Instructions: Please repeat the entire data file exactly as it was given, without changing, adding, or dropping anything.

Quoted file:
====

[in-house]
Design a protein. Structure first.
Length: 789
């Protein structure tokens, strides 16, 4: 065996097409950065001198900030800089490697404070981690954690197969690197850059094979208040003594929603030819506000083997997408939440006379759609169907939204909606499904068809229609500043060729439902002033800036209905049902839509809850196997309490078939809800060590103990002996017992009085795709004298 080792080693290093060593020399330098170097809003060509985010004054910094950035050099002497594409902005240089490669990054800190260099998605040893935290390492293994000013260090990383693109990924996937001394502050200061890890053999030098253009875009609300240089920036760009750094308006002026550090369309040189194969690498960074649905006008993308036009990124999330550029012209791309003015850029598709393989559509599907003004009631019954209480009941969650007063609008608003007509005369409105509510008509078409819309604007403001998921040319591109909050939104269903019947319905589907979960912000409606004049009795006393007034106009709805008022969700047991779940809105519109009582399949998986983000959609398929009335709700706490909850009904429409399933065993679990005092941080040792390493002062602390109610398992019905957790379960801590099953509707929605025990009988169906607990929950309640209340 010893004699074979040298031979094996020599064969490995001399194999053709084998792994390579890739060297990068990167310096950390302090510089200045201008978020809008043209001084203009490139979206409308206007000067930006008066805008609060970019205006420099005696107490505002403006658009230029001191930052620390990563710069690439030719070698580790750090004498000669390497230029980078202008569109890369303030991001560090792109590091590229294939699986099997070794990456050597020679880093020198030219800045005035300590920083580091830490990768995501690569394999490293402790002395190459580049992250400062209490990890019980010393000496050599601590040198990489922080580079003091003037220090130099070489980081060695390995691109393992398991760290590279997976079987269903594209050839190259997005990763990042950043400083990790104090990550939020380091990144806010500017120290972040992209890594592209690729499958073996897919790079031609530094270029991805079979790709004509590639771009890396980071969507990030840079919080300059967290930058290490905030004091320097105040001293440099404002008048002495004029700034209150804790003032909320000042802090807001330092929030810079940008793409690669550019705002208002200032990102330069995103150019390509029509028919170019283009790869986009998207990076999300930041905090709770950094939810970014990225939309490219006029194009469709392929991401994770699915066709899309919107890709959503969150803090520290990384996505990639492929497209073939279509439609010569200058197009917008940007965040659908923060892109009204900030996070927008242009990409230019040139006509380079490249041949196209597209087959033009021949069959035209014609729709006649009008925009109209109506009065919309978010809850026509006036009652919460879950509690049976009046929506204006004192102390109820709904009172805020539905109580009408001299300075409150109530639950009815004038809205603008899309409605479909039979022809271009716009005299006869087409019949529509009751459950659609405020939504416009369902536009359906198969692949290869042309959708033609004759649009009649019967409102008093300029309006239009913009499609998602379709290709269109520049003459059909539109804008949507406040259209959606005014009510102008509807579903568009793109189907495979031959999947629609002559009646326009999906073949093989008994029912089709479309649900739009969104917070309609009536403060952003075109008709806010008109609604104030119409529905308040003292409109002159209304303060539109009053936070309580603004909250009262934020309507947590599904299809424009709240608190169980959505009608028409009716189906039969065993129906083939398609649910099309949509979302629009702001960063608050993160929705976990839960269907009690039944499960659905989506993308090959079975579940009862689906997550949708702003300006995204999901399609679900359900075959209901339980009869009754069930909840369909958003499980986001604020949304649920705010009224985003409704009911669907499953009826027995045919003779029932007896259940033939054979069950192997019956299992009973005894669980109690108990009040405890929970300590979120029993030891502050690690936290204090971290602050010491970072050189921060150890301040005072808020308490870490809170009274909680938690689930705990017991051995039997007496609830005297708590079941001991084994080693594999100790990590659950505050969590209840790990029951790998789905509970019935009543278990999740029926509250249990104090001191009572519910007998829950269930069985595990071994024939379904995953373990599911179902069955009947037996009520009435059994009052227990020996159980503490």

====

[in-house]
Design a protein. Structure first.
Length: 789
């Protein structure tokens, strides 16, 4: 065996097409950065001198900030800089490697404070981690954690197969690197850059094979208040003594929603030819506000083997997408939440006379759609169907939204909606499904068809229609500043060729439902002033800036209905049902839509809850196997309490078939809800060590103990002996017992009085795709004298 080792080693290093060593020399330098170097809003060509985010004054910094950035050099002497594409902005240089490669990054800190260099998605040893935290390492293994000013260090990383693109990924996937001394502050200061890890053999030098253009875009609300240089920036760009750094308006002026550090369309040189194969690498960074649905006008993308036009990124999330550029012209791309003015850029598709393989559509599907003004009631019954209480009941969650007063609008608003007509005369409105509510008509078409819309604007403001998921040319591109909050939104269903019947319905589907979960912000409606004049009795006393007034106009709805008022969700047991779940809105519109009582399949998986983000959609398929009335709700706490909850009904429409399933065993679990005092941080040792390493002062602390109610398992019905957790379960801590099953509707929605025990009988169906607990929950309640209340 010893004699074979040298031979094996020599064969490995001399194999053709084998792994390579890739060297990068990167310096950390302090510089200045201008978020809008043209001084203009490139979206409308206007000067930006008066805008609060970019205006420099005696107490505002403006658009230029001191930052620390990563710069690439030719070698580790750090004498000669390497230029980078202008569109890369303030991001560090792109590091590229294939699986099997070794990456050597020679880093020198030219800045005035300590920083580091830490990768995501690569394999490293402790002395190459580049992250400062209490990890019980010393000496050599601590040198990489922080580079003091003037220090130099070489980081060695390995691109393992398991760290590279997976079987269903594209050839190259997005990763990042950043400083990790104090990550939020380091990144806010500017120290972040992209890594592209690729499958073996897919790079031609530094270029991805079979790709004509590639771009890396980071969507990030840079919080300059967290930058290490905030004091320097105040001293440099404002008048002495004029700034209150804790003032909320000042802090807001330092929030810079940008793409690669550019705002208002200032990102330069995103150019390509029509028919170019283009790869986009998207990076999300930041905090709770950094939810970014990225939309490219006029194009469709392929991401994770699915066709899309919107890709959503969150803090520290990384996505990639492929497209073939279509439609010569200058197009917008940007965040659908923060892109009204900030996070927008242009990409230019040139006509380079490249041949196209597209087959033009021949069959035209014609729709006649009008925009109209109506009065919309978010809850026509006036009652919460879950509690049976009046929506204006004192102390109820709904009172805020539905109580009408001299300075409150109530639950009815004038809205603008899309409605479909039979022809271009716009005299006869087409019949529509009751459950659609405020939504416009369902536009359906198969692949290869042309959708033609004759649009009649019967409102008093300029309006239009913009499609998602379709290709269109520049003459059909539109804008949507406040259209959606005014009510102008509807579903568009793109189907495979031959999947629609002559009646326009999906073949093989008994029912089709479309649900739009969104917070309609009536403060952003075109008709806010008109609604104030119409529905308040003292409109002159209304303060539109009053936070309580603004909250009262934020309507947590599904299809424009709240608190169980959505009608028409009716189906039969065993129906083939398609649910099309949509979302629009702001960063608050993160929705976990839960269907009690039944499960659905989506993308090959079975579940009862689906997550949708702003300006995204999901399609679900359900075959209901339980009869009754069930909840369909958003499980986001604020949304649920705010009224985003409704009911669907499953009826027995045919003779029932007896259940033939054979069950192997019956299992009973005894669980109690108990009040405890929970300590979120029993030891502050690690936290204090971290602050010491970072050189921060150890301040005072808020308490870490809170009274909680938690689930705990017991051995039997007496609830005297708590079941001991084994080693594999100790990590659950505050969590209840790990029951790998789905509970019935009543278990999740029926509250249990104090001191009572519910007998829950269930069985595990071994024939379904995953373990599911179902069955009947037996009520009435059994009052227990020996159980503490």